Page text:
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City supports call for fossil fuel treaty

By Angel St. George

Published 2:24 PDT, Fri May 20, 2022

Last Updated: 3:54 PDT, Fri May 20, 2022

Richmond is furthering its environmental improvement efforts by formally endorsing the call for a federal and provincial fossil fuel non-proliferation treaty.

The treaty calls on world leaders and Canadian parliamentarians to work together in a spirit of international cooperation to end new expansion of oil, gas, and coal production; phase out existing oil, gas, and coal; and commit to and pursue transformational policies and plans to ensure access to renewable energy globally.

City councillors discussed the matter at a recent council meeting, and the city will send a letter to Prime Minister Justin Trudeau and Premier John Horgan urging the federal and provincial governments to support the global initiative for a fossil fuel non-proliferation treaty.

The proposed treaty also seeks to support economies to diversify away from fossil fuels, enable people and communities across the globe to flourish through the global transition, and enact national budget and fiscal policies that will support a swift transition.

The call for a fossil fuel non-proliferation treaty was initiated by Tzeporah Berman, a prominent climate activist based in B.C. The initiative is led by a 25-person board of members from across Canada—including several members representing Indigenous Peoples—and numerous countries including the United States of America and the United Kingdom.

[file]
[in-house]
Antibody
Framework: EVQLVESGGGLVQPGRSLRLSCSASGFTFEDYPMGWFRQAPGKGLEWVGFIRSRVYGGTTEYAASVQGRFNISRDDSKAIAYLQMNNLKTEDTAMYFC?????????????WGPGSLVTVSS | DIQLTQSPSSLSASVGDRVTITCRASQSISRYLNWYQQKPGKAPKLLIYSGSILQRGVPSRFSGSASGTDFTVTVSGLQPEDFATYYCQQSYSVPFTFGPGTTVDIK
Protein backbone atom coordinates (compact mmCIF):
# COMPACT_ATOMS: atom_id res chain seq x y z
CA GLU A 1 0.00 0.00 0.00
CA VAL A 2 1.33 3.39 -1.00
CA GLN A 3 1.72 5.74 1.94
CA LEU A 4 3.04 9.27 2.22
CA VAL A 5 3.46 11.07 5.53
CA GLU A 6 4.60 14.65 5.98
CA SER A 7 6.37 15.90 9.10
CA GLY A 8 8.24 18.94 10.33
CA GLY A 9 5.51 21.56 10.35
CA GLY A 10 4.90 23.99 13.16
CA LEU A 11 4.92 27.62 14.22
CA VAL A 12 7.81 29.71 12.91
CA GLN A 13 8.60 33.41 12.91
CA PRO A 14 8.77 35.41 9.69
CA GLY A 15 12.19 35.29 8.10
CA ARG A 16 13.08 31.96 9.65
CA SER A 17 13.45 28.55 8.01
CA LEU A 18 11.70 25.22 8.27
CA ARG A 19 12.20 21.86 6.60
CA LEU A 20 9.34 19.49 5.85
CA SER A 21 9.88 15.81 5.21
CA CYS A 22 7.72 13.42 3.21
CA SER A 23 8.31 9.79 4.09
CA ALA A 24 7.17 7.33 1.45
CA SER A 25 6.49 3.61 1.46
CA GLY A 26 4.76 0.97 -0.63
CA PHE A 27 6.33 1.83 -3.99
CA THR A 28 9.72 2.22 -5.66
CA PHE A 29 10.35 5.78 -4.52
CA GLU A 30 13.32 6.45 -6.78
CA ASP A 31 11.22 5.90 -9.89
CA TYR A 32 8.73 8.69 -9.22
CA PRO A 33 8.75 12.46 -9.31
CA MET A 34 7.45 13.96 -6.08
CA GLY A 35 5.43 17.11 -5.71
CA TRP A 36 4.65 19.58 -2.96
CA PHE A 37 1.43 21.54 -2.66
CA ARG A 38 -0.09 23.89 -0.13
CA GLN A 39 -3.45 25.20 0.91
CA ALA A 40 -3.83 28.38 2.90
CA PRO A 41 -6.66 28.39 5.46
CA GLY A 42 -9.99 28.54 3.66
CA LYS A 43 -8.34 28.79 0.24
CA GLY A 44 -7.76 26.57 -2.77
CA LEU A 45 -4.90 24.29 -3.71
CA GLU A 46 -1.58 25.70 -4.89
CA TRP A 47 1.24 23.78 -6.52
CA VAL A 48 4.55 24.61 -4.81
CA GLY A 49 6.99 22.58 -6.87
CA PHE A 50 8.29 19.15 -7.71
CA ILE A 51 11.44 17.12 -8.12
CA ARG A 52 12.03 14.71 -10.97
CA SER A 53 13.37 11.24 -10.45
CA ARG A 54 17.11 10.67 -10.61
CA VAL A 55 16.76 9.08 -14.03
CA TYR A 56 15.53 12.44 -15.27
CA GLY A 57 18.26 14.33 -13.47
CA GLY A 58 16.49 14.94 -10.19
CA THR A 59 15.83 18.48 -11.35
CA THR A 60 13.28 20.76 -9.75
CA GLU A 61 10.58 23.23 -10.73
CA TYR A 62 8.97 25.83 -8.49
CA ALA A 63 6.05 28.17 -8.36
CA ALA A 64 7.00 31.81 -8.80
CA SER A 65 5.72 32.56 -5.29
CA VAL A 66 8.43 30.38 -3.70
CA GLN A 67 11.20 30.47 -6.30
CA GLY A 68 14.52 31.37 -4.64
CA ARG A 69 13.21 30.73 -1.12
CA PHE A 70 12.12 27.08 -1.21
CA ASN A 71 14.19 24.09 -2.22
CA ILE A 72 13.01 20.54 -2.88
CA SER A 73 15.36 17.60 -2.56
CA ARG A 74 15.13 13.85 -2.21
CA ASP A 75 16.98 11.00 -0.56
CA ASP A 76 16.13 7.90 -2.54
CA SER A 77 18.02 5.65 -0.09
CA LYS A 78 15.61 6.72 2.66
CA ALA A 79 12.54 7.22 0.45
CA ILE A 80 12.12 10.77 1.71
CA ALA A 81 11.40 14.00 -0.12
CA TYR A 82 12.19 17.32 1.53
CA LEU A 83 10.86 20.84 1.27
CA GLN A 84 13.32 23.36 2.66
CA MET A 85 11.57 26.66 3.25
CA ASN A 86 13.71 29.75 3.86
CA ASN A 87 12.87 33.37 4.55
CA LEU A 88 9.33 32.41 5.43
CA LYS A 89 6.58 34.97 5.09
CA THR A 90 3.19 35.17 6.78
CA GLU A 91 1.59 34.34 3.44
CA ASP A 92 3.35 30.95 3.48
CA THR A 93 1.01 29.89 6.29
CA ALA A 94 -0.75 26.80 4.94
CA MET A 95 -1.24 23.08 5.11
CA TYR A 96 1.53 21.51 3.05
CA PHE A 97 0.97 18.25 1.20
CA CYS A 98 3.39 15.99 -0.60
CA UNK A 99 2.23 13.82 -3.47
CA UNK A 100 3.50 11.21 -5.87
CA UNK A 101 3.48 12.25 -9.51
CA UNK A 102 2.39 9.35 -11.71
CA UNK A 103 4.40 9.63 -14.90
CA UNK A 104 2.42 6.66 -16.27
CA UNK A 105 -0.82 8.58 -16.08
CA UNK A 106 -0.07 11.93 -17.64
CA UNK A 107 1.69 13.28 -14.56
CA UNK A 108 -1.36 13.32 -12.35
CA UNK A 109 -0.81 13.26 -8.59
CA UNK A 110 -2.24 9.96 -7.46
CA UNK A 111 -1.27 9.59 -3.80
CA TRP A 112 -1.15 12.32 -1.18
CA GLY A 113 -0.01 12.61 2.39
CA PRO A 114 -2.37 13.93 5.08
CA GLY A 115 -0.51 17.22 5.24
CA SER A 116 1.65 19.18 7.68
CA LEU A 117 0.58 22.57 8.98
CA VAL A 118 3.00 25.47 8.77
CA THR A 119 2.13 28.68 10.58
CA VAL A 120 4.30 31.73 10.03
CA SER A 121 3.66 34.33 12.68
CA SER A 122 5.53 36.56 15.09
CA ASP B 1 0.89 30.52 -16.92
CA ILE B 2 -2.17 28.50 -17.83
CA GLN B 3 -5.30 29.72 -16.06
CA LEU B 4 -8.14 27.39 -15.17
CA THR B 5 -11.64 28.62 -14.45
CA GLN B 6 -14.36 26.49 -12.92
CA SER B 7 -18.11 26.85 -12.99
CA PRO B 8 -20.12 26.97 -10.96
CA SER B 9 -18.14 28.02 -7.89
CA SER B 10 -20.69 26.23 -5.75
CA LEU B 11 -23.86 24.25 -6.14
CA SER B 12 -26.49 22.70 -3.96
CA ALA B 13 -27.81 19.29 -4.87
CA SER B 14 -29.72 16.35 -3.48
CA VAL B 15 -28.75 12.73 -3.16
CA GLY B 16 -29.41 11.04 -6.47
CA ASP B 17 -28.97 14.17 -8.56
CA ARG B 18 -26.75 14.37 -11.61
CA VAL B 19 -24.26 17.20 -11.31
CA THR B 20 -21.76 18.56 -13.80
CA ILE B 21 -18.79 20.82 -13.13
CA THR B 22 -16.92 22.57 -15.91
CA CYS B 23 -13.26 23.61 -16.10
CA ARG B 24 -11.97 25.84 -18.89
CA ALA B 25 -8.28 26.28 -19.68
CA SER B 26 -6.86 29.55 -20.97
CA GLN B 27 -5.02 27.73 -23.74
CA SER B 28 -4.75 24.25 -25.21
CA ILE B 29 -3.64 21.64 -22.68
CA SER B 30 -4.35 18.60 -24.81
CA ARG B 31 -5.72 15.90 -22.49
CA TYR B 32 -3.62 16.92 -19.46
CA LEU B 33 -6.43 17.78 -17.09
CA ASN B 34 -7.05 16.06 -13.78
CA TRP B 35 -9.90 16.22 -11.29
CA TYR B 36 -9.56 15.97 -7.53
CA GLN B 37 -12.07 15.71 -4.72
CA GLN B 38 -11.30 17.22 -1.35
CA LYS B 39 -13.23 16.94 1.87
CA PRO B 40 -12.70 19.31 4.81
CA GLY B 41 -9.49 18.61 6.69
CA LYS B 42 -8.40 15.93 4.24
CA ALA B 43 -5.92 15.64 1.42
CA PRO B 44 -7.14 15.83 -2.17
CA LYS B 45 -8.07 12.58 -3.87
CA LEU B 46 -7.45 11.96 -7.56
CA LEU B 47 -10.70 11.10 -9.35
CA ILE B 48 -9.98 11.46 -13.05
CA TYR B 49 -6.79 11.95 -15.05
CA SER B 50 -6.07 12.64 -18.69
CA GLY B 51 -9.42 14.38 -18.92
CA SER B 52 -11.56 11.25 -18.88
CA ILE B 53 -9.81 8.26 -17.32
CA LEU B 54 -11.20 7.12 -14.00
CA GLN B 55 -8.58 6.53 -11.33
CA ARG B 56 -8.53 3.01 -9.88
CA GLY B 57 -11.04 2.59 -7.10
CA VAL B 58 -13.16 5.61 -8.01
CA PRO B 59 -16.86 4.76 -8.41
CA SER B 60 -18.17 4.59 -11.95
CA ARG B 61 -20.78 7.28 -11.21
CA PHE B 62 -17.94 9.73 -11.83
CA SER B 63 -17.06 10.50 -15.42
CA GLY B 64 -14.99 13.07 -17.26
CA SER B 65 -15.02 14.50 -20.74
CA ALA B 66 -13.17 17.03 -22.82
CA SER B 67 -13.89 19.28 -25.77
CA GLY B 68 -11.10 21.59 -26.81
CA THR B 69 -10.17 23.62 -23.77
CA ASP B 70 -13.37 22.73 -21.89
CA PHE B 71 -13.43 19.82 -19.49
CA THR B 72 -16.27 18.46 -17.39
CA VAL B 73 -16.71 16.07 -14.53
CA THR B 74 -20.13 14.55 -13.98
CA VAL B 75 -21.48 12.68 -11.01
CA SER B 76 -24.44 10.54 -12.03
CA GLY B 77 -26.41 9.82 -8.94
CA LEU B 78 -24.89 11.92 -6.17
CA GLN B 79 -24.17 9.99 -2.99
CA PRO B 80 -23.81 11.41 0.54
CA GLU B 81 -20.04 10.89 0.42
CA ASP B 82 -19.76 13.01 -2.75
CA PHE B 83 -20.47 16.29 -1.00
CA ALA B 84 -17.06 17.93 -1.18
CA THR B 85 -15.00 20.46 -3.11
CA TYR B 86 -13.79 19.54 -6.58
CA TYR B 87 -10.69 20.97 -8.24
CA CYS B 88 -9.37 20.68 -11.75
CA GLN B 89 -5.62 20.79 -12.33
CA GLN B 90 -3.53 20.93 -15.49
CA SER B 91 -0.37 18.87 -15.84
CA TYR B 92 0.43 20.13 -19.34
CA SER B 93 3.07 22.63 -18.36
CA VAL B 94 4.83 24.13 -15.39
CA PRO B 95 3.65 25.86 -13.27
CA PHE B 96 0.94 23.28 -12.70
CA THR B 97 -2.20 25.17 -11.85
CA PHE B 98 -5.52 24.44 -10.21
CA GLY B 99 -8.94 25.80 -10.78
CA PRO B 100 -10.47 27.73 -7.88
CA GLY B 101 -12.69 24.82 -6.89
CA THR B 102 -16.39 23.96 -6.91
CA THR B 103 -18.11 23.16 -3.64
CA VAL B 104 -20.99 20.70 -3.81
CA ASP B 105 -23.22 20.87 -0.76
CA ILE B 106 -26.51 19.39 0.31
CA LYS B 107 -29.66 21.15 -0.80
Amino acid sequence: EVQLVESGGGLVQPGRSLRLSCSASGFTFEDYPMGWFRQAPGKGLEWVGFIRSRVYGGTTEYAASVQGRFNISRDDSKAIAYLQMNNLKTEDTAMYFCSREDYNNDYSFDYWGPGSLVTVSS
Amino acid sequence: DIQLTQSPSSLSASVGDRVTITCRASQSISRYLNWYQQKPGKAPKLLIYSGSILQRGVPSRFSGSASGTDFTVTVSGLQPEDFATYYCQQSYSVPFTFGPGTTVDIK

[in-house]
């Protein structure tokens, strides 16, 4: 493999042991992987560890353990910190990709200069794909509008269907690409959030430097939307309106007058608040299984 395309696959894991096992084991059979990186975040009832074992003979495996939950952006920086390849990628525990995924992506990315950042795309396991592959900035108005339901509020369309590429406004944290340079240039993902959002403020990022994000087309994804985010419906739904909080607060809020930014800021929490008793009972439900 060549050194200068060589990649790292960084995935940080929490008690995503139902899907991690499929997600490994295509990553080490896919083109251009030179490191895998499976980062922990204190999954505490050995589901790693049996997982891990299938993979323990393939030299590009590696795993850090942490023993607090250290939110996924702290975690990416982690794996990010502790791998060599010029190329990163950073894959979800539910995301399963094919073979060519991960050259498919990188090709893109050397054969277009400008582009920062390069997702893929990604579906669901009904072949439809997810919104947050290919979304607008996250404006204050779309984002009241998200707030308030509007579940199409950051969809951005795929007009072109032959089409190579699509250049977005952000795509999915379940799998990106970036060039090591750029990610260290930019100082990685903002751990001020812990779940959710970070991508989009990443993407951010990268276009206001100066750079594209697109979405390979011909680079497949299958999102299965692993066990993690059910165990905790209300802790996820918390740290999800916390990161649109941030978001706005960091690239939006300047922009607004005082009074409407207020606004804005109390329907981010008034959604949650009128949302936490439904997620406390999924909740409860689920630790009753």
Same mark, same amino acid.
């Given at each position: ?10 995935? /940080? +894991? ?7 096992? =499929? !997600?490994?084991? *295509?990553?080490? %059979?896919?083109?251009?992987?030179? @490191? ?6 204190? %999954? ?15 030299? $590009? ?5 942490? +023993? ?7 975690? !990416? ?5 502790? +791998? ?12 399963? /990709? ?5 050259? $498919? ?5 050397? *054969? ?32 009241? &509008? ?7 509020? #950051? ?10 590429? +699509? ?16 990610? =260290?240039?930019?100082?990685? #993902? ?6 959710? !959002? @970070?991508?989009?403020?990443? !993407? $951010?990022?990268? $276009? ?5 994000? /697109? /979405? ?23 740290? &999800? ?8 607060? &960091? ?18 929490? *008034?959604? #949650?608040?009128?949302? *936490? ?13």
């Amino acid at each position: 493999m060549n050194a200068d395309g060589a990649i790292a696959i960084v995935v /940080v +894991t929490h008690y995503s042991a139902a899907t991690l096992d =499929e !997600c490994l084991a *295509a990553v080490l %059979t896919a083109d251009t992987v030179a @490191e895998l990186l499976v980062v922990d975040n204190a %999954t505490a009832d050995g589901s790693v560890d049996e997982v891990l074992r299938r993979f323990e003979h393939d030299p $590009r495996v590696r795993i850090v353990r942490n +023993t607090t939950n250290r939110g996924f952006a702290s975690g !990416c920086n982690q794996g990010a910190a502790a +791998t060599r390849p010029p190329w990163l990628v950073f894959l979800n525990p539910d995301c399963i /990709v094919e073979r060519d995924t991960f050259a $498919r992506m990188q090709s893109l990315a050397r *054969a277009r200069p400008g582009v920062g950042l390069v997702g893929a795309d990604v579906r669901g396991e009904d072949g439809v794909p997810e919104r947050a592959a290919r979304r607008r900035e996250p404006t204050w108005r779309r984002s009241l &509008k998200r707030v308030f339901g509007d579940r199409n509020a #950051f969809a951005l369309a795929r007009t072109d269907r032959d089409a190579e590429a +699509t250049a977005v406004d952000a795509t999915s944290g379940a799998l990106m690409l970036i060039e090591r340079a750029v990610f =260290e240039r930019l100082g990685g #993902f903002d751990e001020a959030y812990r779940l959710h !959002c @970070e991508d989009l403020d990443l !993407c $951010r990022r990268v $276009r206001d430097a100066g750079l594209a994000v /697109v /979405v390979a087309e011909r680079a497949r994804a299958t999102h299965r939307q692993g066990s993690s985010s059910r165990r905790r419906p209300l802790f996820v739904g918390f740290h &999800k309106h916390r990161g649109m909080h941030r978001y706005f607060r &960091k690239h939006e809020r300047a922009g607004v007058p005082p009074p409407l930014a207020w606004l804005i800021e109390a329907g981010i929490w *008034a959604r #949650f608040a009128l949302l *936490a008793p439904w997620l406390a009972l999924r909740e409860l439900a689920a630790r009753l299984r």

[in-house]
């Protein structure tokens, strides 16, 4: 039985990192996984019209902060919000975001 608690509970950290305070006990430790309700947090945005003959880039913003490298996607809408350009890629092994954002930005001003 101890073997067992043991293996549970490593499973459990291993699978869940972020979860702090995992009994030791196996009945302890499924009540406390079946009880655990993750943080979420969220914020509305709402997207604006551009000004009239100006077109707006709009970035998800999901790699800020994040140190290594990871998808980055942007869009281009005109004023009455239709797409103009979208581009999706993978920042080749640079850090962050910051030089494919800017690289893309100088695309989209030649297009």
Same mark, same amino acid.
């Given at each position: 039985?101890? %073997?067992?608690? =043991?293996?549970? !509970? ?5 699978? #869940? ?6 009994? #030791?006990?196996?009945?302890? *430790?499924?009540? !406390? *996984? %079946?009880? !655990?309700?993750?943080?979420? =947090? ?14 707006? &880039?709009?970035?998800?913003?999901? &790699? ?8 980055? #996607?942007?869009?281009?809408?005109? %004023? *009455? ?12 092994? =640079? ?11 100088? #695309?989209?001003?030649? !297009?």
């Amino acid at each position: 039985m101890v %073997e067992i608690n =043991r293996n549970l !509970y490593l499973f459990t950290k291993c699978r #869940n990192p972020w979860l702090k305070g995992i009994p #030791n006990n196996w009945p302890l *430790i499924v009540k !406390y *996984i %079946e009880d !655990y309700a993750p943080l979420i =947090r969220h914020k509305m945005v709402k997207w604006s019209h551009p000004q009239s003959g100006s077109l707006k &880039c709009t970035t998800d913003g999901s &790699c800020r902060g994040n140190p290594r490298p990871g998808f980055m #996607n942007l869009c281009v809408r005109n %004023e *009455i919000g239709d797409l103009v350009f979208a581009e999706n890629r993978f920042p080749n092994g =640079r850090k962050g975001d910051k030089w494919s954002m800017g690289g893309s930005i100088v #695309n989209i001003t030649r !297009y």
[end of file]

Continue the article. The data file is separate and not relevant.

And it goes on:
The group seeks to highlight that while global climate change agreements like the Paris Agreement already exist, they have targeted human-caused greenhouse gas (GHG) emissions, rather than the supply of fossil fuels which produce the majority of emissions

The initiative also calls to enable a global registry of fossil fuels as an international transparency and accountability mechanism, a global commission on fossil fuels, and a formal process to deliver a negotiated legal instrument on the managed transition from fossil fuels.

The city can take direct action through the province’s CleanBC program that implements an annual GHG emissions cap for natural gas utilities.

By targeting GHG emissions rather than natural gas production, the province leaves room for increased production as long as lower GHG emissions are attributed to the gas produced.

To date, the province has not introduced legislation to implement a GHG reduction cap for natural gas utilities.

On March 29, the federal government released the 2030 Emissions Reduction Plan: Canada’s Next Steps to Clean Air and a Strong Economy, which includes commitments to put a limit on GHG emissions from the oil and gas sector, and to reduce GHG emissions from oil and gas by 75 per cent or more by 2030.

While this is the first time a federal plan has noted its intention to directly limit GHG emissions from the fossil fuel sector, this plan—like B.C.’s promised cap on natural gas emissions—targets net GHG emissions rather than fossil fuels directly, and will not necessarily result in reduced production.

Council recently adopted the city’s second Community Energy & Emissions Plan that will set Richmond on a path to achieve zero emissions by 2050.

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